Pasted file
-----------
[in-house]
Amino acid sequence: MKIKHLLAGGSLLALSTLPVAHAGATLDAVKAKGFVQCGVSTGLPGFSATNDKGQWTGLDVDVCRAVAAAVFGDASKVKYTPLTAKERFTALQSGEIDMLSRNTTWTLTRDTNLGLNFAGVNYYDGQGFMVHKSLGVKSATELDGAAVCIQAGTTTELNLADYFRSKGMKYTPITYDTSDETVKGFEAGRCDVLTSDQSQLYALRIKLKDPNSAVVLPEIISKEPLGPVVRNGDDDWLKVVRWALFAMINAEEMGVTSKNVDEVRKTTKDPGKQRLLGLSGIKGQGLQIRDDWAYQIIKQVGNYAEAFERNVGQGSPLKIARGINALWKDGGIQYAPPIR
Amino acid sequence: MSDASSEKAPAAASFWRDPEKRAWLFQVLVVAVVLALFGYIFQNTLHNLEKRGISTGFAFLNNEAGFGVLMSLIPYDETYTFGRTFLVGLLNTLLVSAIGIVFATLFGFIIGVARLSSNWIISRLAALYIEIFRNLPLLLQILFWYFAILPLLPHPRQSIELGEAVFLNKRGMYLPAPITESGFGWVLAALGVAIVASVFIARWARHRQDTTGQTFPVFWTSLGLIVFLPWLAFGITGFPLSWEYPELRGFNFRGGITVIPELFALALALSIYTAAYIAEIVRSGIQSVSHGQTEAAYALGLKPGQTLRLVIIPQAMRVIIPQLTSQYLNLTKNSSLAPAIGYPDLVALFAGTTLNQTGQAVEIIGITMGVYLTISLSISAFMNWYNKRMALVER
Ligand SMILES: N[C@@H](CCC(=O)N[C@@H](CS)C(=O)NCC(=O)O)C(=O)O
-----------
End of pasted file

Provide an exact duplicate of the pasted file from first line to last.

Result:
[in-house]
Amino acid sequence: MKIKHLLAGGSLLALSTLPVAHAGATLDAVKAKGFVQCGVSTGLPGFSATNDKGQWTGLDVDVCRAVAAAVFGDASKVKYTPLTAKERFTALQSGEIDMLSRNTTWTLTRDTNLGLNFAGVNYYDGQGFMVHKSLGVKSATELDGAAVCIQAGTTTELNLADYFRSKGMKYTPITYDTSDETVKGFEAGRCDVLTSDQSQLYALRIKLKDPNSAVVLPEIISKEPLGPVVRNGDDDWLKVVRWALFAMINAEEMGVTSKNVDEVRKTTKDPGKQRLLGLSGIKGQGLQIRDDWAYQIIKQVGNYAEAFERNVGQGSPLKIARGINALWKDGGIQYAPPIR
Amino acid sequence: MSDASSEKAPAAASFWRDPEKRAWLFQVLVVAVVLALFGYIFQNTLHNLEKRGISTGFAFLNNEAGFGVLMSLIPYDETYTFGRTFLVGLLNTLLVSAIGIVFATLFGFIIGVARLSSNWIISRLAALYIEIFRNLPLLLQILFWYFAILPLLPHPRQSIELGEAVFLNKRGMYLPAPITESGFGWVLAALGVAIVASVFIARWARHRQDTTGQTFPVFWTSLGLIVFLPWLAFGITGFPLSWEYPELRGFNFRGGITVIPELFALALALSIYTAAYIAEIVRSGIQSVSHGQTEAAYALGLKPGQTLRLVIIPQAMRVIIPQLTSQYLNLTKNSSLAPAIGYPDLVALFAGTTLNQTGQAVEIIGITMGVYLTISLSISAFMNWYNKRMALVER
Ligand SMILES: N[C@@H](CCC(=O)N[C@@H](CS)C(=O)NCC(=O)O)C(=O)O